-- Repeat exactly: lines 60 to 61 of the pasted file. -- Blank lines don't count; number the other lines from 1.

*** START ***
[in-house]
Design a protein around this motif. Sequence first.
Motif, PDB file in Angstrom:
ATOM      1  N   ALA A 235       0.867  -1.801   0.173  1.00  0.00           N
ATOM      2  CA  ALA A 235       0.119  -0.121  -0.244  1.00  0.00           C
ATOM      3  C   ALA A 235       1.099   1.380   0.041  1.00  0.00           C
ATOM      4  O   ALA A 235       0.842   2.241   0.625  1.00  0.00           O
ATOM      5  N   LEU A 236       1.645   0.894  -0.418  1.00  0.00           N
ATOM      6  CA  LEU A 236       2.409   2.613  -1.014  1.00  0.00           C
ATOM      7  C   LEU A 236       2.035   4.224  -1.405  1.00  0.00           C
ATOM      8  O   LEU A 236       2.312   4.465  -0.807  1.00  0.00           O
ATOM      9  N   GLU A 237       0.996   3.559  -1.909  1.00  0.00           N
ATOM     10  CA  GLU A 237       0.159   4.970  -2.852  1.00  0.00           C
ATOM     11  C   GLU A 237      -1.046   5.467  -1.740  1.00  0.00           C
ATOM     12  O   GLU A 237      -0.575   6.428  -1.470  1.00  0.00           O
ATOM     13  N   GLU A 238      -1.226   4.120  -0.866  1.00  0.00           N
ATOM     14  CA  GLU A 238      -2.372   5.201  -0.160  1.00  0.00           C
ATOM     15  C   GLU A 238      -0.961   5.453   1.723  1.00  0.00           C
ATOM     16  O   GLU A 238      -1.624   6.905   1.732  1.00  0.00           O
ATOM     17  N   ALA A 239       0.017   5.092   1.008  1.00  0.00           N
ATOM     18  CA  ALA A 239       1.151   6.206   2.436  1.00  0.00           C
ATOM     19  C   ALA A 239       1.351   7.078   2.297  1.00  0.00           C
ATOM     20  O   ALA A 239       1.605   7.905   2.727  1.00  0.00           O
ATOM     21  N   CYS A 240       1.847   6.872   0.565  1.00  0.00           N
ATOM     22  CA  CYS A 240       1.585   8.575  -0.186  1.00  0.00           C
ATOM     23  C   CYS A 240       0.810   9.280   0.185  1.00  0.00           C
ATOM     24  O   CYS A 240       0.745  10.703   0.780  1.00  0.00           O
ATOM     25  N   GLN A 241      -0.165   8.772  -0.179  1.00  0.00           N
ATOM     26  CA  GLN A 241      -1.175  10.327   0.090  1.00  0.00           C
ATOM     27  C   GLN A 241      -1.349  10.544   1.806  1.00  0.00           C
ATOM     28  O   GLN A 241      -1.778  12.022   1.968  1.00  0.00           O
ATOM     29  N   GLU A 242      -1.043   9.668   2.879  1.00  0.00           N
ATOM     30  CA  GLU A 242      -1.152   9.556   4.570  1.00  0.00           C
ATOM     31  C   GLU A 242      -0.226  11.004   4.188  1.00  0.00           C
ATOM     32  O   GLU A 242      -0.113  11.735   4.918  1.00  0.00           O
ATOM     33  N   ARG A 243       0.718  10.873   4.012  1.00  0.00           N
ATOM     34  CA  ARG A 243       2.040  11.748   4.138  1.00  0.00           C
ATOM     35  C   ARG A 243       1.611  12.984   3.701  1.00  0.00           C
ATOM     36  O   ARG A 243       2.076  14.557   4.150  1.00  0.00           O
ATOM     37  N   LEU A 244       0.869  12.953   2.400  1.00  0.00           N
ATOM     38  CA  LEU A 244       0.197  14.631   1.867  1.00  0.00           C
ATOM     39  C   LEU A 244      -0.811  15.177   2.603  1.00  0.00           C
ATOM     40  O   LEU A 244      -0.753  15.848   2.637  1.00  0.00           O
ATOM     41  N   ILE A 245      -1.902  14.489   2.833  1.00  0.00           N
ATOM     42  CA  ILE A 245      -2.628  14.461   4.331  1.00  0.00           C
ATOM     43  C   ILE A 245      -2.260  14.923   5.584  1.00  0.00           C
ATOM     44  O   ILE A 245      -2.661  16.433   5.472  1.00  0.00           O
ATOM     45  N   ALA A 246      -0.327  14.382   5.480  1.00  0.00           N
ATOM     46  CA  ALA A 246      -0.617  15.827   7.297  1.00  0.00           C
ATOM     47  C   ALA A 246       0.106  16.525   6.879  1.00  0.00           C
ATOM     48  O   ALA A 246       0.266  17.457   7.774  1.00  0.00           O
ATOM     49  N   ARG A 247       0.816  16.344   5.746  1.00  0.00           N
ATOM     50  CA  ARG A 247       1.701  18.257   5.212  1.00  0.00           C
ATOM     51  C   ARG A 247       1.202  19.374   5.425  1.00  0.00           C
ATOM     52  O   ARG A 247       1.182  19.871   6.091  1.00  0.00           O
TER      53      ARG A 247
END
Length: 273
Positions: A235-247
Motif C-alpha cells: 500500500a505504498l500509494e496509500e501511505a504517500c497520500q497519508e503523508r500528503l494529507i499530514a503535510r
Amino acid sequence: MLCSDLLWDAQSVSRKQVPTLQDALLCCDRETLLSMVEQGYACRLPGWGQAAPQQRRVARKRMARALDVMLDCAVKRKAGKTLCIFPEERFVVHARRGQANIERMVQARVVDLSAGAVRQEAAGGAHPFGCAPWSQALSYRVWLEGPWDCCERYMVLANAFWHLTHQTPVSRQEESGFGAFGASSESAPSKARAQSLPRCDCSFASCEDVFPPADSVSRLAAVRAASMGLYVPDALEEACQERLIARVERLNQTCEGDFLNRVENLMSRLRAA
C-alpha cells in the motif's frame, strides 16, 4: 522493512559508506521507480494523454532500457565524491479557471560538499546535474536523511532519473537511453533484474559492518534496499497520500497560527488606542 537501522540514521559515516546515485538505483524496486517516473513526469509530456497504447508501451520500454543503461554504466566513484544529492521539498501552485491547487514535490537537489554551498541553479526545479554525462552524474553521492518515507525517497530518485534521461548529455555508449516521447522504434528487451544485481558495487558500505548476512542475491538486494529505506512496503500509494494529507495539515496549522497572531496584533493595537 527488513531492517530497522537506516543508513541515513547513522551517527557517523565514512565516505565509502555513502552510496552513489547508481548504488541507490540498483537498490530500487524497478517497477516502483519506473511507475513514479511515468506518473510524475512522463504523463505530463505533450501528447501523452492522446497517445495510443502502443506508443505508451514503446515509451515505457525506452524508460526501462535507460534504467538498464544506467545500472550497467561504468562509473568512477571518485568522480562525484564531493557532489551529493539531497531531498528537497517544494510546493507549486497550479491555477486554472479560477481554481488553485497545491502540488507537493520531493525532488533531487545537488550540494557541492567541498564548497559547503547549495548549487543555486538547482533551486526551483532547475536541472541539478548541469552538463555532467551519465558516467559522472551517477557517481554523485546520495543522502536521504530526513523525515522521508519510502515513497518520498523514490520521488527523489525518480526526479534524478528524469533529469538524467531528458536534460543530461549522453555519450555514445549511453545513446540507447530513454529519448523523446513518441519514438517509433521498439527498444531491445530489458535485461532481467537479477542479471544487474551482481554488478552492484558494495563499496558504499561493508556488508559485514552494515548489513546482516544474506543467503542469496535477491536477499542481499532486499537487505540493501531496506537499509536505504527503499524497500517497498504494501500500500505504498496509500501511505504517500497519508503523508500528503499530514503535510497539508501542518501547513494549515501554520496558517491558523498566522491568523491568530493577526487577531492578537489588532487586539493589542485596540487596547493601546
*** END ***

Motif C-alpha cells: 500500500a505504498l500509494e496509500e501511505a504517500c497520500q497519508e503523508r500528503l494529507i499530514a503535510r
Amino acid sequence: MLCSDLLWDAQSVSRKQVPTLQDALLCCDRETLLSMVEQGYACRLPGWGQAAPQQRRVARKRMARALDVMLDCAVKRKAGKTLCIFPEERFVVHARRGQANIERMVQARVVDLSAGAVRQEAAGGAHPFGCAPWSQALSYRVWLEGPWDCCERYMVLANAFWHLTHQTPVSRQEESGFGAFGASSESAPSKARAQSLPRCDCSFASCEDVFPPADSVSRLAAVRAASMGLYVPDALEEACQERLIARVERLNQTCEGDFLNRVENLMSRLRAA